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The Crazies (1973)

March 16, 2010

The Crazies (1973)

The Crazies

As I promised, I would review the original one to go along with the remake, and for once in my life, I have to say that the remake was much better.  This film gets bogged down in trying to be something more then simply a horror film.

The story is very similar.  A plan crashes next to a small town and a biological weapon leaks into the towns water supply infecting the town members.  It even starts the same way without spending any time building up the event that causes the infection but jumps straight into the infection stage.  This time it is a volunteer fire fighter, his fiance, and a buddy of theirs who have to try and fight for survival against the military hoping to out last and out hide the onslaught of the quarantine.

There are two areas that make this film less then what the remake were.  The first thing is the character development of the main characters, David, Judy, and Clank.  At no point in time do you really feel sympathy for them.  They are made to be self righteous, perfect characters who have real characteristics that someone can latch onto and sympathize with.  Where as in the original Joe Anderson’s Deputy was a very sympathetic character when he becomes infected, Clank, the buddy, simply doesn’t create any empathy in his role.  The only one that slightly does out of the three is Judy, and she is very much second fiddle to David and Clank, so any sympathy she might have warranted doesn’t really take hold.

The other area that this film suffers is with the military.  In the remake, the military is basically kept behind the gas masks and is very faceless.  In this film, they try and create a military that you are supposed to hate.  They mock them military for being clueless and make them look like stormtroopers with their ability to shoot at anything, whereas the “heroic” towns people can be on a dead sprint with a shotgun at their hip and nail a soldier at 200 yards.  Very early on in the film they explain why this is.  They make a reference to the Vietnam War, which was still going on at the time.  The view of those making the film is clearly written on this film as they try and force feed you an evil, incompetent military.  Their are only two members of the military who don’t meet those standards, both of them middle-management types, for lack of a better term.  The lowest level are basically soulless and too stupid for anything more.  The upper level is conniving and  idiotic.  The two who are, maybe, supposed to garner any sympathy for the military at all are forced into a situation being handled poorly.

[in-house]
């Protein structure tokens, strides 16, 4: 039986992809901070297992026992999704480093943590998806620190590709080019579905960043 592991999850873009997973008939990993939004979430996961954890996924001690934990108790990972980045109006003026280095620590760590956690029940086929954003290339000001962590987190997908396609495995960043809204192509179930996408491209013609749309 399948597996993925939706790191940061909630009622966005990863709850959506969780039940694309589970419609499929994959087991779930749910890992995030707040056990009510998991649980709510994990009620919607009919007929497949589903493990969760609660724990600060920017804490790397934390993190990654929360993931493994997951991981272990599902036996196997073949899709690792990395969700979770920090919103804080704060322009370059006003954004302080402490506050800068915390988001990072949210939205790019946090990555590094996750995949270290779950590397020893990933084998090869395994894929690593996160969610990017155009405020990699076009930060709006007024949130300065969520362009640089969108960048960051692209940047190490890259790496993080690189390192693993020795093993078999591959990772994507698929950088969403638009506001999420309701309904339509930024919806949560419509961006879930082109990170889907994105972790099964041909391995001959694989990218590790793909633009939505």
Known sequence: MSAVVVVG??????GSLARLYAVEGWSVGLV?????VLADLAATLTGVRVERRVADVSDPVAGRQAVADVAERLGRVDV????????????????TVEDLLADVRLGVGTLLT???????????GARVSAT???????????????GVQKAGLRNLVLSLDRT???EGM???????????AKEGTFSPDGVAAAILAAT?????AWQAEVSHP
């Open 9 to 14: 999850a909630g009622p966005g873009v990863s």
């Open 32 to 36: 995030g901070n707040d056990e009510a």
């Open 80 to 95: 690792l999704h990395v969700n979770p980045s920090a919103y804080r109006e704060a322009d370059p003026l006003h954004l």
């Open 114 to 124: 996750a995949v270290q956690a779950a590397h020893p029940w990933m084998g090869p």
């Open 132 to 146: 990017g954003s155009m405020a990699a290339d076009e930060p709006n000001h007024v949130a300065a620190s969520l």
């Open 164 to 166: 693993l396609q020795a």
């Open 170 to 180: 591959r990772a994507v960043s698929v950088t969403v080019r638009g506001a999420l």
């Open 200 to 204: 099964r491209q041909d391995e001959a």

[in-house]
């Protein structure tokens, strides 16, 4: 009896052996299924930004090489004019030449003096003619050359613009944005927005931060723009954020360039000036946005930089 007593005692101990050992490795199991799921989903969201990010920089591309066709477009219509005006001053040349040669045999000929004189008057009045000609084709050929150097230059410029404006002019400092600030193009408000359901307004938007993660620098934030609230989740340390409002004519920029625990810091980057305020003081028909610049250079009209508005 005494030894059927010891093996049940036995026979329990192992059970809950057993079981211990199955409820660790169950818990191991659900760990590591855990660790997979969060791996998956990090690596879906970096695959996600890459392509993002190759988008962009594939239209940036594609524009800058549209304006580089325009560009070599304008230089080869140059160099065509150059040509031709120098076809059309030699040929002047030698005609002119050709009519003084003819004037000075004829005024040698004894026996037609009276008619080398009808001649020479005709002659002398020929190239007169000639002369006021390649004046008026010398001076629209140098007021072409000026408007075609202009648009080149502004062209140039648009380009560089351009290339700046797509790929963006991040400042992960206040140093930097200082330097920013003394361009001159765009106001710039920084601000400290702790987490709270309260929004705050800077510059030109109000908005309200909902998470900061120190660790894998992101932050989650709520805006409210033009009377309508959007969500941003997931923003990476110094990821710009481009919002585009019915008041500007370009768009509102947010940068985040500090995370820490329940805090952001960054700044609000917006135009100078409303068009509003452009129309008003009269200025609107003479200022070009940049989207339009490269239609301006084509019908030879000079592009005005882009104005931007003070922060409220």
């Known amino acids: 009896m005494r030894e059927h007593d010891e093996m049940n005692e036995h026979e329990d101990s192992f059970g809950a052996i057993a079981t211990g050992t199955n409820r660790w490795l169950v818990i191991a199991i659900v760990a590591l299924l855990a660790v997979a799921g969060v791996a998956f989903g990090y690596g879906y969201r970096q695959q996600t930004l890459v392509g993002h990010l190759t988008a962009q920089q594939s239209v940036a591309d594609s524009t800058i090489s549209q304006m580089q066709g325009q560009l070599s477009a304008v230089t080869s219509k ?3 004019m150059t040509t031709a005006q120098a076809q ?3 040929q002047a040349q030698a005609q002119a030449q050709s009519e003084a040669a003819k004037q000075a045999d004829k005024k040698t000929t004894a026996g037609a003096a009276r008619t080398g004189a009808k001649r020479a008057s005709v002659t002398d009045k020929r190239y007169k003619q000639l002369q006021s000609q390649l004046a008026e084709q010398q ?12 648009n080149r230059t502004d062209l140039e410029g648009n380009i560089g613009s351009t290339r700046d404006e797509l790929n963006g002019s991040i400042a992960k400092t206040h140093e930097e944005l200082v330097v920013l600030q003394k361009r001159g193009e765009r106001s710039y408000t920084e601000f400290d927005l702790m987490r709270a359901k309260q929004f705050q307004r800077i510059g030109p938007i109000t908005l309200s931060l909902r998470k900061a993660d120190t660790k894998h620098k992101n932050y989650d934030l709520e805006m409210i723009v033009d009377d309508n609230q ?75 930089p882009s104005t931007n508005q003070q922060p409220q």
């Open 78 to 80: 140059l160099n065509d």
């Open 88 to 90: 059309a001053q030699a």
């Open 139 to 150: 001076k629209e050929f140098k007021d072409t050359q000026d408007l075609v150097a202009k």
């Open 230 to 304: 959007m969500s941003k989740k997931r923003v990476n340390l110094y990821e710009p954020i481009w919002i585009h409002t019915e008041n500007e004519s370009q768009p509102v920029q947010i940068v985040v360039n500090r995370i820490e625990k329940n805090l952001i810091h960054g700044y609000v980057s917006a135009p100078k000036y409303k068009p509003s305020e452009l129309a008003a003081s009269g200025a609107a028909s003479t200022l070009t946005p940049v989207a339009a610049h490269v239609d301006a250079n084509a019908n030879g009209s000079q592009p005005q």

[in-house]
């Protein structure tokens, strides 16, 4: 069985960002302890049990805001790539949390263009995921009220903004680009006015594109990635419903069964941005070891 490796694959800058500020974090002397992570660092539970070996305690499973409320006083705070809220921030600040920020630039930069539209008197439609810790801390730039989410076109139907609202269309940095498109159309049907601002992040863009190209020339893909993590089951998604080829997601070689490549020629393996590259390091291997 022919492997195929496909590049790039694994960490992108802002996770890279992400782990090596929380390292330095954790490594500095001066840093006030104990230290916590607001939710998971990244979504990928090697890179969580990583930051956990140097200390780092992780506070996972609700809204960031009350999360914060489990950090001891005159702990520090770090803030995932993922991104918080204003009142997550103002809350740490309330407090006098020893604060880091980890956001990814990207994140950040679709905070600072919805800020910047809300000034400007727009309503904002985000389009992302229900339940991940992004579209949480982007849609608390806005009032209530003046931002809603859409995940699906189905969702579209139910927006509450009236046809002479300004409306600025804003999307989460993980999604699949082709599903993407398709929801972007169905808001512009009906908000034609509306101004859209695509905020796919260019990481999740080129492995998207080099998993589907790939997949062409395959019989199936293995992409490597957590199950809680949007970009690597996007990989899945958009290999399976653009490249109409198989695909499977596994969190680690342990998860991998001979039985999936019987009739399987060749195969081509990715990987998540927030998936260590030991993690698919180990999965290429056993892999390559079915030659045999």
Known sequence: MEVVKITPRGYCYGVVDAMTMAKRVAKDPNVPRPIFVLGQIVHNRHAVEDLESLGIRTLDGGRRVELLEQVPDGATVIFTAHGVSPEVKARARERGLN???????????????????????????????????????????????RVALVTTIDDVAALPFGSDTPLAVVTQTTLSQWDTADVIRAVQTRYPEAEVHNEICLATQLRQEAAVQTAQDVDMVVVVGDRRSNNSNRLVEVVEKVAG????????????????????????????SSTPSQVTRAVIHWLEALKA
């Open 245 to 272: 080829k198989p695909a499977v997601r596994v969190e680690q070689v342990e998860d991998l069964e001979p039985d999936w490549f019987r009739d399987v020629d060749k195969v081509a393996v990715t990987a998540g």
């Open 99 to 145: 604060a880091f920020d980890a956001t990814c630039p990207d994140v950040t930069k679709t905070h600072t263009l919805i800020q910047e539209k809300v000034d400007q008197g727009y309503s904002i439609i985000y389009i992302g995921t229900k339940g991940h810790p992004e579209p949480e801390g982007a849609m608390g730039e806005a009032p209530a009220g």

The one redeeming feature of this film is the character of Kathy, played by Lynn Lowry.  She is one of the crazies, who devolves throughout the film into madness.  There is really very little other interaction with the crazies other then on a mass scale.  Kathy ends up being stuck along with the main group for a little while, so we get to see her, and her father, go crazy on a more personal level.  She ends up devolving wonderfully never seemingly going berserk, but instead she plays a very calm and irrational and erratic sort of crazy.  Her death is marred by a very stupid line thrown in, but being that this film really comes across as a cult classic as much as a horror film to today’s audience, it isn’t a bad thing, completely.

This version of The Crazies probably carried more weight when it came out with it being in the middle of the Vietnam War.  To people viewing it now, it just seems extremely contrived in terms of a plot and beats the viewer over the head with the message that it wants to give.  This could still work if the message were still relevantly portrayed (see Crash a few years ago) but as it stands it is simply a B movie that isn’t good (or bad) enough to be deemed a cult classic.  George A. Romero has definitely had much better work that is worth checking out over this mess of a film.

Entertainment Grade: C

Critical Grade: D

Overall Grade: D+

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